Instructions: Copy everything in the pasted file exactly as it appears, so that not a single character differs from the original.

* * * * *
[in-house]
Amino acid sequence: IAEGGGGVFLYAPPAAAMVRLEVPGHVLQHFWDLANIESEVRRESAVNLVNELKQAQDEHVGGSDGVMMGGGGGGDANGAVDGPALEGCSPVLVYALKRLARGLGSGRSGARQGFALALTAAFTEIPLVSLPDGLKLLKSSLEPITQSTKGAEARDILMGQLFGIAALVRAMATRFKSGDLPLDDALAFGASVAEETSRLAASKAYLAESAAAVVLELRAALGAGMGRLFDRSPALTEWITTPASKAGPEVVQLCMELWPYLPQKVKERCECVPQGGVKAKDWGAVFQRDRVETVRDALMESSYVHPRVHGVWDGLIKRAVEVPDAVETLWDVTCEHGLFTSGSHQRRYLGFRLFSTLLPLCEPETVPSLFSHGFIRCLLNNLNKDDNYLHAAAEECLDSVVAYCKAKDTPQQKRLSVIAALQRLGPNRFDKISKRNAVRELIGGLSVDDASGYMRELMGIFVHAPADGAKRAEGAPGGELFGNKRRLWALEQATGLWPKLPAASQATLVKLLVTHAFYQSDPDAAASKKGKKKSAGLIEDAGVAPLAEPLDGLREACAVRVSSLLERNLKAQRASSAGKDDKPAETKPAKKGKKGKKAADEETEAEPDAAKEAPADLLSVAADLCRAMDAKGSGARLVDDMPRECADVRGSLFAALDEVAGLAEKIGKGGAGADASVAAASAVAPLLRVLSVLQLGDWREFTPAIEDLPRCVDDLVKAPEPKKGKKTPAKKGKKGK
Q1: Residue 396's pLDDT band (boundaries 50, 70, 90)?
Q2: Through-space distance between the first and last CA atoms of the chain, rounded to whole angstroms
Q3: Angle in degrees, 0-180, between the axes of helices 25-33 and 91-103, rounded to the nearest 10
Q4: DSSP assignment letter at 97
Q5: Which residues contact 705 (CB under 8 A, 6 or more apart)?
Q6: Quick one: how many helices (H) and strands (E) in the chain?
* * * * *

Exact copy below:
[in-house]
Amino acid sequence: IAEGGGGVFLYAPPAAAMVRLEVPGHVLQHFWDLANIESEVRRESAVNLVNELKQAQDEHVGGSDGVMMGGGGGGDANGAVDGPALEGCSPVLVYALKRLARGLGSGRSGARQGFALALTAAFTEIPLVSLPDGLKLLKSSLEPITQSTKGAEARDILMGQLFGIAALVRAMATRFKSGDLPLDDALAFGASVAEETSRLAASKAYLAESAAAVVLELRAALGAGMGRLFDRSPALTEWITTPASKAGPEVVQLCMELWPYLPQKVKERCECVPQGGVKAKDWGAVFQRDRVETVRDALMESSYVHPRVHGVWDGLIKRAVEVPDAVETLWDVTCEHGLFTSGSHQRRYLGFRLFSTLLPLCEPETVPSLFSHGFIRCLLNNLNKDDNYLHAAAEECLDSVVAYCKAKDTPQQKRLSVIAALQRLGPNRFDKISKRNAVRELIGGLSVDDASGYMRELMGIFVHAPADGAKRAEGAPGGELFGNKRRLWALEQATGLWPKLPAASQATLVKLLVTHAFYQSDPDAAASKKGKKKSAGLIEDAGVAPLAEPLDGLREACAVRVSSLLERNLKAQRASSAGKDDKPAETKPAKKGKKGKKAADEETEAEPDAAKEAPADLLSVAADLCRAMDAKGSGARLVDDMPRECADVRGSLFAALDEVAGLAEKIGKGGAGADASVAAASAVAPLLRVLSVLQLGDWREFTPAIEDLPRCVDDLVKAPEPKKGKKTPAKKGKKGK
Q1: Residue 396's pLDDT band (boundaries 50, 70, 90)?
Q2: Through-space distance between the first and last CA atoms of the chain, rounded to whole angstroms
Q3: Angle in degrees, 0-180, between the axes of helices 25-33 and 91-103, rounded to the nearest 10
Q4: DSSP assignment letter at 97
Q5: Which residues contact 705 (CB under 8 A, 6 or more apart)?
Q6: Quick one: how many helices (H) and strands (E) in the chain?